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BECAUSE OF THE INDUSTRY’S EXPANSION, THE FAA HAS JUST RECENTLY TAKEN AN ACTIVE INTEREST IN PROVIDING OPERATIONAL GUIDANCE THAT IS SPECIFIC TO THE HEMES INDUSTRY.


does a thorough analysis of the subject aircraft and its mechanical history. The NTSB will also do an analysis of the pilot’s aviation background. This is mostly lim- ited to the airman’s current certificates and ratings, recent duty time, last training dates, and accumulated flight hours in category and class of aircraft the pilot was rated in. Looking at this, the logical question that begs to be asked is – did the pilot receive training appropriate to the mission being performed and if he did, could this accident have been avoided by success- fully completing that training? The picture is now starting to come together on why some of these acci- dents have occurred and what can be done to correct the situation.


HEMES operations over the last 30 years are rela- tively new to the field of aviation compared to aviation operations in general. Because of the industry’s expan- sion, the FAA has just recently taken an active interest in providing operational guidance that is specific to the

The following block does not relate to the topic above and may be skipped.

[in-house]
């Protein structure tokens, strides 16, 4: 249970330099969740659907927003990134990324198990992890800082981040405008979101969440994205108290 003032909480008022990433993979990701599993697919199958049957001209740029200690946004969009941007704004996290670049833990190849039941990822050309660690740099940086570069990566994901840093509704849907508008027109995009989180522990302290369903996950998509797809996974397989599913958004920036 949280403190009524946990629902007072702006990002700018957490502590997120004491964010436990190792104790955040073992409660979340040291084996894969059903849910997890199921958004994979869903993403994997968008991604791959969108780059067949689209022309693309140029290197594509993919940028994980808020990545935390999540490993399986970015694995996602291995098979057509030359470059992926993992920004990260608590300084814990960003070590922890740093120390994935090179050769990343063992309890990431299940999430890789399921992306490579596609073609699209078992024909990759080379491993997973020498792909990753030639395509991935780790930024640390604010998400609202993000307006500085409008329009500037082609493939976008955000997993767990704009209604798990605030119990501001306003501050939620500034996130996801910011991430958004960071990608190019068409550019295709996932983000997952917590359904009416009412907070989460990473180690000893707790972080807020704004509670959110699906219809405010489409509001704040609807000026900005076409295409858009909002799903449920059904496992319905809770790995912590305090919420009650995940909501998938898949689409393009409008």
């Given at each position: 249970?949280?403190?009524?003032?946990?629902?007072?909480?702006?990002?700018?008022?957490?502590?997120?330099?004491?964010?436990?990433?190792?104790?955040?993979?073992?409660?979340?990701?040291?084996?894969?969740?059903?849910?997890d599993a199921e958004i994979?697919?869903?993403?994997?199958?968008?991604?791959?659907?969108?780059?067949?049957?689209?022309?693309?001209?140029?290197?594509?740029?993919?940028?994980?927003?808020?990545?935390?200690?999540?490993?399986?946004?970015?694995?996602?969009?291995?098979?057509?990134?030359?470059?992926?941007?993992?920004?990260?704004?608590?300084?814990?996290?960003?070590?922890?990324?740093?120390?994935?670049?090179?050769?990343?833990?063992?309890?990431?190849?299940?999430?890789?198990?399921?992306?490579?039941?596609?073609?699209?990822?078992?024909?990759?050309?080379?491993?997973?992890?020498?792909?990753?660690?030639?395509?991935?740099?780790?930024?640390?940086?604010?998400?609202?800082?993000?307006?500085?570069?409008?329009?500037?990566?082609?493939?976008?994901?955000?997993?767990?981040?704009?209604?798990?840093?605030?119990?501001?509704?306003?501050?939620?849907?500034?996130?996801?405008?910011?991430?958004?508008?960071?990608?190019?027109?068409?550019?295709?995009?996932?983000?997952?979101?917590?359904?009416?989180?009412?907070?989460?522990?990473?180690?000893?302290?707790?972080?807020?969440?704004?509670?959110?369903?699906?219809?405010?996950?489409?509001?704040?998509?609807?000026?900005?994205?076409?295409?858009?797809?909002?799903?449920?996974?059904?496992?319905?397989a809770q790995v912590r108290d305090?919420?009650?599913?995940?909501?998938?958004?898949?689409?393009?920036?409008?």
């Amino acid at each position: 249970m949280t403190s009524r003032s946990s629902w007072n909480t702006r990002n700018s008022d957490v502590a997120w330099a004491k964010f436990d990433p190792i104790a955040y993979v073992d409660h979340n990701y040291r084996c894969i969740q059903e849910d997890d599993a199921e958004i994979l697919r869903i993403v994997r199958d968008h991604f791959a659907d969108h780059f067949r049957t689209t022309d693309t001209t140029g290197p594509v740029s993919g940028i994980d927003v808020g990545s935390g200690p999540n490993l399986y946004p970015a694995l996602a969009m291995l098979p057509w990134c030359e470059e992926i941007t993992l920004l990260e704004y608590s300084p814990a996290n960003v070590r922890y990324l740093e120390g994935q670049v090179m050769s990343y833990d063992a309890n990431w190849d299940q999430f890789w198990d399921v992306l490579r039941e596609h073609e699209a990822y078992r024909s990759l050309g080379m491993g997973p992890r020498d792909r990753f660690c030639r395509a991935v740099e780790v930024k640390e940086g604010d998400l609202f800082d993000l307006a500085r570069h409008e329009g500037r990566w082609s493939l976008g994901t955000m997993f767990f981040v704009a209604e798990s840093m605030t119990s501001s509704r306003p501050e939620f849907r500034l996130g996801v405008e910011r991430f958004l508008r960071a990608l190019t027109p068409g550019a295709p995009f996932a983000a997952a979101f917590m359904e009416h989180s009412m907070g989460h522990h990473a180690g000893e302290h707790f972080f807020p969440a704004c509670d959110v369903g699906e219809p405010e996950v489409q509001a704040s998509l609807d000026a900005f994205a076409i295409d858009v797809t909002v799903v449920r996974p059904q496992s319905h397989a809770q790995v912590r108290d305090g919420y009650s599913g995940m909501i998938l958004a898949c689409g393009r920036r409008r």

HEMES industry. Some of the areas that have been given FAA guidance are the pilot’s mission risk assessment procedures, company-wide operational control centers, and an emphasis on Air Medical Resource Management (AMRM) training. But the FAA has still not involved themselves in regulating what type of HEMES training needs to be accomplished to successfully pre- pare the prospective EMS pilot for the mission. It is still falling upon the operators to create and implement a training program that will accomplish this. Today more and more operators are turning to HEMES scenario-based training as a major step in providing the much needed pilot and crew member training to successfully accomplish the mission. In review of the FAA requirements to prepare a pilot to conduct a Part 135 mission, an operator needs to train on subjects that are mostly aviation and aircraft systems related. This is proving to be not enough to successfully do the mission today. Looking back at some of the industry accidents, it could have been possible to prevent some had realistic HEMES scenario based training focusing primari- ly on pilot judgment and decision making been in place.


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